On 24 July 2021 at 16:36 CET, due to a major incident in France, the transmission systems of Portugal and Spain, together with a small part of the French transmission system, were disconnected from the synchronous area Continental Europe. Subject to further investigation, the cause of the event is presumed to have been a forest fire in the vicinity of the transmission lines.

Figure 1 depicts the disconnection route between the two areas:

Figure 1 – Map of Continental Europe showing the two disconnected areas during the incident on 24 July 2021

Just before the incident, Spain was importing 2500 MW from France. Directly after the incident, a surplus of energy resulted in a frequency increase to 50.06 Hz and no further consequences in the large North-East area of Continental Europe. In the disconnected South-West area, which included the Iberian Peninsula and a part of the Pyrénées Orientales Region in France, a deficit of energy resulted in a frequency decrease to 48.65 Hz, triggering the activation of the following countermeasures:

• The low frequency load shedding scheme in Spain led to the disconnection of 1995 MW hydro pumps and automatic shedding of approximately 3068 MW of load corresponding to the first and second stages of the scheme;

• The low frequency load shedding scheme in Portugal led to the disconnection of 310 MW hydro pumps, 430 MW of interruptible industrial consumers (activated when frequency decreases below 49,2 Hz) and automatic shedding of 650 MW of load corresponding to the first and second stages of the scheme;

• The automatic shedding of around 100 MW of load in France. The countermeasures quickly stabilized the frequency in the South-East area close to 50 Hz and allowed for a fast resynchronization just 37 minutes after the initial event. The frequency in the two disconnected areas is shown in Figure 2.

Figure 2 – Frequency in Continental Europe during the event on 24 July 2021

The investigations conducted so far, have yielded the following sequence of events:

  1. At 16:32 the 400 kV line Baixas Gaudières 2 in the vicinity of the forest fire tripped ((1) in Figure 3 below). After this, there were neither overloads in the grid, nor voltage or frequency problems, but the (N-1) security criteria were no longer fulfilled. To recover the (N-1) security, the national control centres of the French transmission system operator (TSO), RTE, and the Spanish TSO, REE, jointly decided to immediately reduce the import to Spain by 1200 MW.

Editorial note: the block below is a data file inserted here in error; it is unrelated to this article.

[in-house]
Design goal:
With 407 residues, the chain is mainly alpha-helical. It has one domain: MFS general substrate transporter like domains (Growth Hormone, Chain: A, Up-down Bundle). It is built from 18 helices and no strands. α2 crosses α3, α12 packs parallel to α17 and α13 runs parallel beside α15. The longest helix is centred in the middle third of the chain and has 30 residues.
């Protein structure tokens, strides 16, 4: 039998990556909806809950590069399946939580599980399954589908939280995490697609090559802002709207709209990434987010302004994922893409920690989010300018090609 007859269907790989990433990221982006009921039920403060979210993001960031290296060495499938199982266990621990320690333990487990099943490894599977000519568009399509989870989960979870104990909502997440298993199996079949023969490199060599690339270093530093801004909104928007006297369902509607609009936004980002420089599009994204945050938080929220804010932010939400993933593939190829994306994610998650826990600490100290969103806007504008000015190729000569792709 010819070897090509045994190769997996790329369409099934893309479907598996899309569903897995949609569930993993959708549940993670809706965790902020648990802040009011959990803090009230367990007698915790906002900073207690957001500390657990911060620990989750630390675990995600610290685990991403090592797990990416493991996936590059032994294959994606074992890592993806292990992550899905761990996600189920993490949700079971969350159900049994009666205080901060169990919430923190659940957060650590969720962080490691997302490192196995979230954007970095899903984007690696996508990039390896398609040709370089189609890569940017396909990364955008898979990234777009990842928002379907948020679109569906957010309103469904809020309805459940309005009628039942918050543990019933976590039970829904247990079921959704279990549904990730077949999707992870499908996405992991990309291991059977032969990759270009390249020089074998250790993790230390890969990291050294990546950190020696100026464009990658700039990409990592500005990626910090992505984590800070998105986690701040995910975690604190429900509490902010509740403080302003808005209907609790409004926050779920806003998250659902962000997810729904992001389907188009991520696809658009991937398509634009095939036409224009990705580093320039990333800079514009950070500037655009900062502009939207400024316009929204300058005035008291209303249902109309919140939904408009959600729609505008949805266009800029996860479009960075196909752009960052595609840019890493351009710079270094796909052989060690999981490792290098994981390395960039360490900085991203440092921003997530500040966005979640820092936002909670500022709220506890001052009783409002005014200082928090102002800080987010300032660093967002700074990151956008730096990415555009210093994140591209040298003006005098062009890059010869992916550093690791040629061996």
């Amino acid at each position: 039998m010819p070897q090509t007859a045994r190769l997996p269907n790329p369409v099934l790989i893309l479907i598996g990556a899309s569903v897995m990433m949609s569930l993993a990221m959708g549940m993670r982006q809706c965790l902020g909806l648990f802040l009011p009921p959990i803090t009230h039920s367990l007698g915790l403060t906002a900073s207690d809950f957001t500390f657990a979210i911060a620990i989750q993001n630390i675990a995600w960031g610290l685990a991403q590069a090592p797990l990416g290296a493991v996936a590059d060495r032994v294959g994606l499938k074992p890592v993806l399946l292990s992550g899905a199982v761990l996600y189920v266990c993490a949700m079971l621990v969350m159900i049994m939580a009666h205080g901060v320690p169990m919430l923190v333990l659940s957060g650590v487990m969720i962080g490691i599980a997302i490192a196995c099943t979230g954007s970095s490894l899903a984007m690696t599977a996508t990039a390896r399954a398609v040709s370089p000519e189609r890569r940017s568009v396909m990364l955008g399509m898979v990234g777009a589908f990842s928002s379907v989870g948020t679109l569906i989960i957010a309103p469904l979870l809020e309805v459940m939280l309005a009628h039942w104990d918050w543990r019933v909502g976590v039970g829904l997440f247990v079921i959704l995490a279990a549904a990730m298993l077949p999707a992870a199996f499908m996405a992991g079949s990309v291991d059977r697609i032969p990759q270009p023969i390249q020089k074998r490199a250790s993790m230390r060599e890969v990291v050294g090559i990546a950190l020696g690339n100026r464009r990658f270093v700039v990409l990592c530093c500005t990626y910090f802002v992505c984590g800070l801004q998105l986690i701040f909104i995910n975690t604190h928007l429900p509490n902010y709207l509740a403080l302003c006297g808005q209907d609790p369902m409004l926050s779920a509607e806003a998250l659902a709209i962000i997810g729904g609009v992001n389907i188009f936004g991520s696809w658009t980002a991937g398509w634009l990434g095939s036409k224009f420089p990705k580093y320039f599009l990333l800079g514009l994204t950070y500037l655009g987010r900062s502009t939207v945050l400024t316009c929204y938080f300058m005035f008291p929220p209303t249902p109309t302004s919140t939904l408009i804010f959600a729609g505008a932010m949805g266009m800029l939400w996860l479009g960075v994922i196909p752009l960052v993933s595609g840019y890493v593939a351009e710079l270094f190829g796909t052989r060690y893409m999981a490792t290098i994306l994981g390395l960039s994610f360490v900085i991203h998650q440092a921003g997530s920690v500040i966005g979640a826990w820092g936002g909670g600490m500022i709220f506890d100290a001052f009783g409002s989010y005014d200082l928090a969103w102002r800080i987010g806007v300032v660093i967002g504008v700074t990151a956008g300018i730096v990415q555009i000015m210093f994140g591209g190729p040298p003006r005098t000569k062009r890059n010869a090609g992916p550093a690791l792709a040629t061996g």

2. At 16:35, just before this import reduction could be implemented, the second 400 kV line Baixas Gaudière 1 also in the vicinity of the forest fire tripped ((2) in Figure 3 below). Both trips thus resulted in a (N-2) incident and the interruption of power flow between France and Spain on the east part of the interconnection.
  3. At 16:36, due to an overload caused by the loss of the two Baixas Gaudière lines, the 400 kV line Argia Cantegrit tripped ((3) in Figure 3 below), followed almost immediately by trippings of the 225 kV line Pragnères Biescas (4), the 225 kV line Argia Arkale (5) and eventually the 400 kV line Argia Hernani (6). These additional trippings resulted in the disconnection of the Iberian Peninsula and a part of the French transmission system in the Pyrénées Orientales Region from the remaining part of the synchronous area of Continental Europe.

Figure 3 - Sequence of events at the beginning of the incident on 24 July 2021

The presumed cause of the event is a forest fire which started following a heat wave and hot temperatures in the region. A forest fire generates air pollution through smoke and a large concentration of thin particles. This reduces the insulating capacity and degrades the electric properties of the air, which in turn can cause short circuit failures and line trippings.

After the disconnection, REE and RTE undertook a number of coordinated measures, resulting in the resynchronization of the whole synchronous area Continental Europe at 17:09, only 37 minutes after the incident. The disconnected load and consumers were fully re-supplied one hour after the incident in Portugal and around 18:38 in Spain.

The automatic response from the system defense and protection schemes, most notably automatic load shedding in close collaboration with the responsible Distribution System Operators in affected countries, was followed by coordinated actions of the TSOs ensuring quick restoration to normal operation. ENTSO-E issued the first press release on the day of the incident and presented initial facts and figures to the European Commission and the Electricity Coordination Group which is composed of representatives of Member States on 26 July.

All information published so far is subject to the results of an ongoing detailed investigation on the incident. The investigation is following the legal framework under the Commission Regulation (EU) 2017/1485 of 2 August 2017 (System Operation Guideline) whereby National Regulatory Authorities and ACER are invited to join with the TSOs in the Investigation Panel.

In line with the provisions of the mentioned Commission Regulation (EU) 2017/1485, ENTSO-E will present the results of the investigation to the Electricity Coordination Group and will subsequently publish them once the analysis is completed.



ENTSO-E, the European Network of Transmission System Operators for Electricity, is the association for the cooperation of the European transmission system operators (TSOs). The 42 member TSOs, representing 35 countries, are responsible for the secure and coordinated operation of Europe’s electricity system, the largest interconnected electrical grid in the world. In addition to its core, historical role in technical cooperation, ENTSO-E is also the common voice of TSOs.

Press contact

ENTSO-E, Claire Camus, Policy & Communication Manager, claire.camus@entsoe.eu; T: 0032 (0)476 97 50 93.